Eclipse Cyclone DDS

Eclipse Cyclone DDS is a performant and robust OMG-compliant Data Distribution Service (DDS) implementation (see OMG DDS specification). Cyclone DDS is developed completely in the open as an Eclipse IoT project (see Eclipse Cyclone DDS) with a growing list of adopters. It is a tier-1 middleware for the Robot Operating System ROS 2.

The core of Cyclone DDS is implemented in C and provides C-APIs to applications. Through its C++ package, the DDS ISO/IEC C++ PSM API 2003 language binding is also supported.

About DDS

DDS is the best-kept secret in distributed systems, one that has been around for much longer than most publish-subscribe messaging systems and still outclasses so many of them. DDS is used in a wide variety of systems, including air-traffic control, jet engine testing, railway control, medical systems, naval command-and-control, smart greenhouses and much more. In short, it is well-established in aerospace and defense but no longer limited to that. And yet it is easy to use!

Types are usually defined in IDL and preprocessed with the IDL compiler included in Cyclone, but our Python binding allows you to define data types on the fly:

from dataclasses import dataclass
from cyclonedds.domain import DomainParticipant
from cyclonedds.core import Qos, Policy
from cyclonedds.pub import DataWriter
from cyclonedds.sub import DataReader
from cyclonedds.topic import Topic
from cyclonedds.idl import IdlStruct
from cyclonedds.idl.annotations import key
from time import sleep
import numpy as np
   from names import get_full_name
   name = get_full_name()
   import os
   name = f"{os.getpid()}"

# C, C++ require using IDL, Python doesn't
class Chatter(IdlStruct, typename="Chatter"):
   name: str
   message: str
   count: int

rng = np.random.default_rng()
dp = DomainParticipant()
tp = Topic(dp, "Hello", Chatter, qos=Qos(Policy.Reliability.Reliable(0)))
dw = DataWriter(dp, tp)
dr = DataReader(dp, tp)
count = 0
while True:
   sample = Chatter(name=name, message="Hello, World!", count=count)
   count = count + 1
   print("Writing ", sample)
   for sample in dr.take(10):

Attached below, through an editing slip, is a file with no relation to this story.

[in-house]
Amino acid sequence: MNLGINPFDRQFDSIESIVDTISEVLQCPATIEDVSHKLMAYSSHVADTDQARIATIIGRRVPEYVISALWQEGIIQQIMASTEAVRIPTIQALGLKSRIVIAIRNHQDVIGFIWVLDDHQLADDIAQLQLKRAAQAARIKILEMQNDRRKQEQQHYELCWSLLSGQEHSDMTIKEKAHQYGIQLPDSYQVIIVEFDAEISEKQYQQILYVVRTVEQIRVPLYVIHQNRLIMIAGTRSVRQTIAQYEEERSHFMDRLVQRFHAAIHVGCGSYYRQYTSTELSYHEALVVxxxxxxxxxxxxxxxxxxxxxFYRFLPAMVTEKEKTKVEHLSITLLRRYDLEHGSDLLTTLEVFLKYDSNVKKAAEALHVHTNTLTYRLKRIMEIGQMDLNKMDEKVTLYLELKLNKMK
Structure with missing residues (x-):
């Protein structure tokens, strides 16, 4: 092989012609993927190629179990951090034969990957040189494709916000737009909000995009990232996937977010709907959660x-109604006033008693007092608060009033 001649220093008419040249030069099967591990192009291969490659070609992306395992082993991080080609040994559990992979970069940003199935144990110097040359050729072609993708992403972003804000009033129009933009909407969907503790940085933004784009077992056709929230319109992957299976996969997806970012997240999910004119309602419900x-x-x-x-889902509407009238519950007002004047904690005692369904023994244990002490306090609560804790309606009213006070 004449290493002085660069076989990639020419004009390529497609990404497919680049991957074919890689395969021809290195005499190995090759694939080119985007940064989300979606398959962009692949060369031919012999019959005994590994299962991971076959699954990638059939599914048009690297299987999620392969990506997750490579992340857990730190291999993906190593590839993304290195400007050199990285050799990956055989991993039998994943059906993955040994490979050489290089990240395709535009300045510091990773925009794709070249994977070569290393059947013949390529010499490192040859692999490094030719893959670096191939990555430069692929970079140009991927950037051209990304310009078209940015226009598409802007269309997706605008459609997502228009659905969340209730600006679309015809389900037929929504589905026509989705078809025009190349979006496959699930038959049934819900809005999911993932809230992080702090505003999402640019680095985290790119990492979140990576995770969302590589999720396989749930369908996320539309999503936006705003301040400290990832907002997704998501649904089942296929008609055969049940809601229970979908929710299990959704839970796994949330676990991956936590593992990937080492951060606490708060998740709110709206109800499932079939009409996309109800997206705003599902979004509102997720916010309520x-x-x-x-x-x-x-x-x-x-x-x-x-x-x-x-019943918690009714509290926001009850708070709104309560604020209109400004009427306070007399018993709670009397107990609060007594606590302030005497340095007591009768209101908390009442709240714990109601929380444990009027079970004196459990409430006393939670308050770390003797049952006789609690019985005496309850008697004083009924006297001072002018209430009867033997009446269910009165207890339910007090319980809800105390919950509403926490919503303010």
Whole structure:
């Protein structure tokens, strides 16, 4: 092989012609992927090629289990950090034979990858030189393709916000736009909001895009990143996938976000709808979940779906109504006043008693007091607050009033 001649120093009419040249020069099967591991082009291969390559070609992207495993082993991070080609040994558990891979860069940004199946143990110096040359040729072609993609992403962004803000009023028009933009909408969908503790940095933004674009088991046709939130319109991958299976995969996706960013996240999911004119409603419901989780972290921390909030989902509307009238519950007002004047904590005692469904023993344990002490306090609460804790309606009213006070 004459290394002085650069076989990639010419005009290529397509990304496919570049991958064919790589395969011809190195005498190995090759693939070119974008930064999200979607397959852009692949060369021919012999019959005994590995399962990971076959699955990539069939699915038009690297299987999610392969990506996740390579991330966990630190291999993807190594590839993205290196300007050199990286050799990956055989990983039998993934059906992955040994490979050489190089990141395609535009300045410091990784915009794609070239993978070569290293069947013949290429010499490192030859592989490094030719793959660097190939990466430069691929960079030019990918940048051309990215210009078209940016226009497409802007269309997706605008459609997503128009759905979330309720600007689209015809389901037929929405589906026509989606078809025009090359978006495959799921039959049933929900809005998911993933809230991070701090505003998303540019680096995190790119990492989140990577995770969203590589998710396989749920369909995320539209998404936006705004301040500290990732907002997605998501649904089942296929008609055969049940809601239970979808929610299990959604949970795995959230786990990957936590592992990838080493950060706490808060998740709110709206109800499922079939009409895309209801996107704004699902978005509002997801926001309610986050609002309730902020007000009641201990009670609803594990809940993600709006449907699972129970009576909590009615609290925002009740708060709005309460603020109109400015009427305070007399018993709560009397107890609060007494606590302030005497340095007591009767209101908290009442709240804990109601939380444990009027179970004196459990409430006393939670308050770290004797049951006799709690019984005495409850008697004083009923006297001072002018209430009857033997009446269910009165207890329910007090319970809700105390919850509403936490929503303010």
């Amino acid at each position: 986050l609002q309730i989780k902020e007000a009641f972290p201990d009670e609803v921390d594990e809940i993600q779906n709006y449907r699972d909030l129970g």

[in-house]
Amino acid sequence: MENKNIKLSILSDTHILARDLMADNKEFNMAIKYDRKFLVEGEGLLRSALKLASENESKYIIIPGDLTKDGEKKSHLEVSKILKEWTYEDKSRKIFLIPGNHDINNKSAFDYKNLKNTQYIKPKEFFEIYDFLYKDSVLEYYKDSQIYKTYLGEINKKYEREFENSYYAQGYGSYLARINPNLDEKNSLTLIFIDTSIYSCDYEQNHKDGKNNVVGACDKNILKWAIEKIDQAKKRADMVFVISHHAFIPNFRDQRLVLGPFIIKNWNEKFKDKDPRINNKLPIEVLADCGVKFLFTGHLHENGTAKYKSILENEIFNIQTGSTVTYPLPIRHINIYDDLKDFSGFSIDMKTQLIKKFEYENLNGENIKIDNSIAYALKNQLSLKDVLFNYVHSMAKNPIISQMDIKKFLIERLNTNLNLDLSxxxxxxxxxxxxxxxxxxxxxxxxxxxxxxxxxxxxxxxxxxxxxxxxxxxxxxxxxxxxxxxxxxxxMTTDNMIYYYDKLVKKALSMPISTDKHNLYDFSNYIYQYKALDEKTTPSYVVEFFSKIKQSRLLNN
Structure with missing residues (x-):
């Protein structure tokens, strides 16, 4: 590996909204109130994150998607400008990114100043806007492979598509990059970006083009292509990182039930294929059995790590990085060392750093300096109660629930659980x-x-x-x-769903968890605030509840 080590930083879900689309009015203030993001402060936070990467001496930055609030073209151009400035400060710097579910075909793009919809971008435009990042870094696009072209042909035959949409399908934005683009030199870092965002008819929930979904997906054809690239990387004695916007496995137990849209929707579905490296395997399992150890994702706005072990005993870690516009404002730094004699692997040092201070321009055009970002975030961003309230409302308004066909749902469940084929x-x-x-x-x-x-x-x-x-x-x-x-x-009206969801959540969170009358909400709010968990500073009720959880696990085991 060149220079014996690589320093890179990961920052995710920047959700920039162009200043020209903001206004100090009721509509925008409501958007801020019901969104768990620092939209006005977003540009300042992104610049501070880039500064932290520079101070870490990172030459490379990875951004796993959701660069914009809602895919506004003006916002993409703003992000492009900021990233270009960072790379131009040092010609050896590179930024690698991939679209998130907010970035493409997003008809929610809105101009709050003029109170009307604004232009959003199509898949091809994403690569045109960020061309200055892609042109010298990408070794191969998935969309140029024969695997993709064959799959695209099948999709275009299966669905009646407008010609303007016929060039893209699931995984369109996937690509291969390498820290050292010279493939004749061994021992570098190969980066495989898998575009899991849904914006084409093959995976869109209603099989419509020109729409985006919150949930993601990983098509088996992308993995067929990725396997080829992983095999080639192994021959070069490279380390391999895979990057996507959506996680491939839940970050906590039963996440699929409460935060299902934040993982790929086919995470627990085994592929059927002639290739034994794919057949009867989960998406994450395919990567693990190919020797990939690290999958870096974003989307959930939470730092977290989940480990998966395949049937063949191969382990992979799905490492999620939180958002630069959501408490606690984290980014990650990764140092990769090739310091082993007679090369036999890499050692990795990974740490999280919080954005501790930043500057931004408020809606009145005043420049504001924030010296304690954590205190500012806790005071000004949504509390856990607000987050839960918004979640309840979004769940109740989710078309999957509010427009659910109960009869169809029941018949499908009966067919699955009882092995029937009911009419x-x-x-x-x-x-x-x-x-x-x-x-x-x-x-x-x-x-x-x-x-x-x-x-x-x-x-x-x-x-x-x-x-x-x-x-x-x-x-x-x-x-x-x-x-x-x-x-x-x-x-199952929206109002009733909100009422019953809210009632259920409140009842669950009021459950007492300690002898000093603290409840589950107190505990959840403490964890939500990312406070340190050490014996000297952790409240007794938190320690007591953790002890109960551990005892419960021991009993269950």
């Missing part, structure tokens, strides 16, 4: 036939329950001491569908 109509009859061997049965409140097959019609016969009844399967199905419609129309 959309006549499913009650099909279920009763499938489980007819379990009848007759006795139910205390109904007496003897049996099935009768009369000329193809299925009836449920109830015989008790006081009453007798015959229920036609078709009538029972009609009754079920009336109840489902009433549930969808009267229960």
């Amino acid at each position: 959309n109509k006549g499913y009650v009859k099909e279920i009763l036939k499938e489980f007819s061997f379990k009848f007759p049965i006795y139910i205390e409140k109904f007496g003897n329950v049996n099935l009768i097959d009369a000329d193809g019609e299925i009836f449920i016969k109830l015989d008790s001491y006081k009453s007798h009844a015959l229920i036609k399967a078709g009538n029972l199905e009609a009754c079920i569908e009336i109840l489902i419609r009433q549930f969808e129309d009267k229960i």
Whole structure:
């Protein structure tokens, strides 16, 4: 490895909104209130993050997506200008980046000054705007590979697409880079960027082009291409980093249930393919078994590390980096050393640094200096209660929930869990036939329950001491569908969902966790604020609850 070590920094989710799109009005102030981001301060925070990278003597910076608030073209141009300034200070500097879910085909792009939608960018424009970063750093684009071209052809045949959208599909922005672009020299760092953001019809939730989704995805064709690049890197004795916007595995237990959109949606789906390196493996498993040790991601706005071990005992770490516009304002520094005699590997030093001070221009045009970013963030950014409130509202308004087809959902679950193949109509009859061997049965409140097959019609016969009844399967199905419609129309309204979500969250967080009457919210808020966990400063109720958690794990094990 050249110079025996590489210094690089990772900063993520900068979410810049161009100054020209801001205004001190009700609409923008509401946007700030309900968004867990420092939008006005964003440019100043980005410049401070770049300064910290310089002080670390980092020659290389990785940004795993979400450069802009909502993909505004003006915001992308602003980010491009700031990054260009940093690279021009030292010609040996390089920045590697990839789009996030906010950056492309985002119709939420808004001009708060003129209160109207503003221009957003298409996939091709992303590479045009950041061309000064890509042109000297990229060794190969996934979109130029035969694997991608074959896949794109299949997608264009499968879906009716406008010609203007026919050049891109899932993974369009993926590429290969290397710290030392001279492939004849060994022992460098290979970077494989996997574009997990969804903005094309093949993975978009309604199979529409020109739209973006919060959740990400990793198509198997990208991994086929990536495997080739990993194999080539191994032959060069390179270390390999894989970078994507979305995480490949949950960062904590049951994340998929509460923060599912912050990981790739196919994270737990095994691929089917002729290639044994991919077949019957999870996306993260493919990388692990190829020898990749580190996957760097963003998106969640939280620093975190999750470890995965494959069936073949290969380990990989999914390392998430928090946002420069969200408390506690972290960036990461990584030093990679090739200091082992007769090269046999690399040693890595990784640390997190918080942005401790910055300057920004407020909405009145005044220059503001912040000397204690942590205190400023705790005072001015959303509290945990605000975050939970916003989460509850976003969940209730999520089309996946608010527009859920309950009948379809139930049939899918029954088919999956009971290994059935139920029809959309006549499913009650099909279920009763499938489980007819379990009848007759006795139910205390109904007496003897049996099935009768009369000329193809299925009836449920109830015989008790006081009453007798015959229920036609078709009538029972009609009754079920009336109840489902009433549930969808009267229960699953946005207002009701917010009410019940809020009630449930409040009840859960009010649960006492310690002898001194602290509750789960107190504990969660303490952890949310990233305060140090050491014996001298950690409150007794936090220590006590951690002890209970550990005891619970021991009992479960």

print("Read ", sample)

Today DDS is also popular in robotics and autonomous vehicles because those really depend on high-throughput, low-latency control systems without introducing a single point of failure by having a message broker in the middle. Indeed, it is by far the most used and the default middleware choice in ROS 2. It is used to transfer commands, sensor data and even video and point clouds between components.

The OMG DDS specifications cover everything one needs to build systems using publish-subscribe messaging. They define a structural type system that allows automatic endianness conversion and type checking between readers and writers. This type system also supports type evolution. The interoperable networking protocol and standard C++ API make it easy to build systems that integrate multiple DDS implementations. Zero-configuration discovery is also included in the standard and supported by all implementations.

DDS actually brings more: publish-subscribe messaging is a nice abstraction over “ordinary” networking, but plain publish-subscribe doesn’t affect how one thinks about systems. A very powerful architecture that truly changes the perspective on distributed systems is that of the “shared data space”, in itself an old idea, and really just a distributed database. Most shared data space designs have failed miserably in real-time control systems because they provided strong consistency guarantees and sacrificed too much performance and flexibility. The eventually consistent shared data space of DDS has been very successful in helping with building systems that need to satisfy many “ilities”: dependability, maintainability, extensibility, upgradeability, … Truth be told, that’s why it was invented, and publish-subscribe messaging was simply an implementation technique.

Eclipse Cyclone DDS aims at full coverage of the specs and today already covers most of this. With references to the individual OMG specifications, the following is available:

  • OMG DDS specification the base specification - zero configuration discovery (if multicast works) - publish/subscribe messaging - configurable storage of data in subscribers - many QoS settings - liveliness monitoring, deadlines, historical data, … - coverage includes the Minimum, Ownership and (partially) Content profiles

  • DDS security - providing authentication, access control and encryption


  • DDS XTypes - the structural type system (some [caveats](docs/dev/xtypes_relnotes.md) here)

  • DDSI-RTPS 2.5 - the interoperable network protocol

The network stack in Eclipse Cyclone DDS has been around for over a decade in one form or another and has proven itself in many systems, including large, high-availability ones and systems where inter-operation with other implementations was needed.


“Eclipse Cyclone DDS” and “Cyclone DDS” are trademarks of the Eclipse Foundation.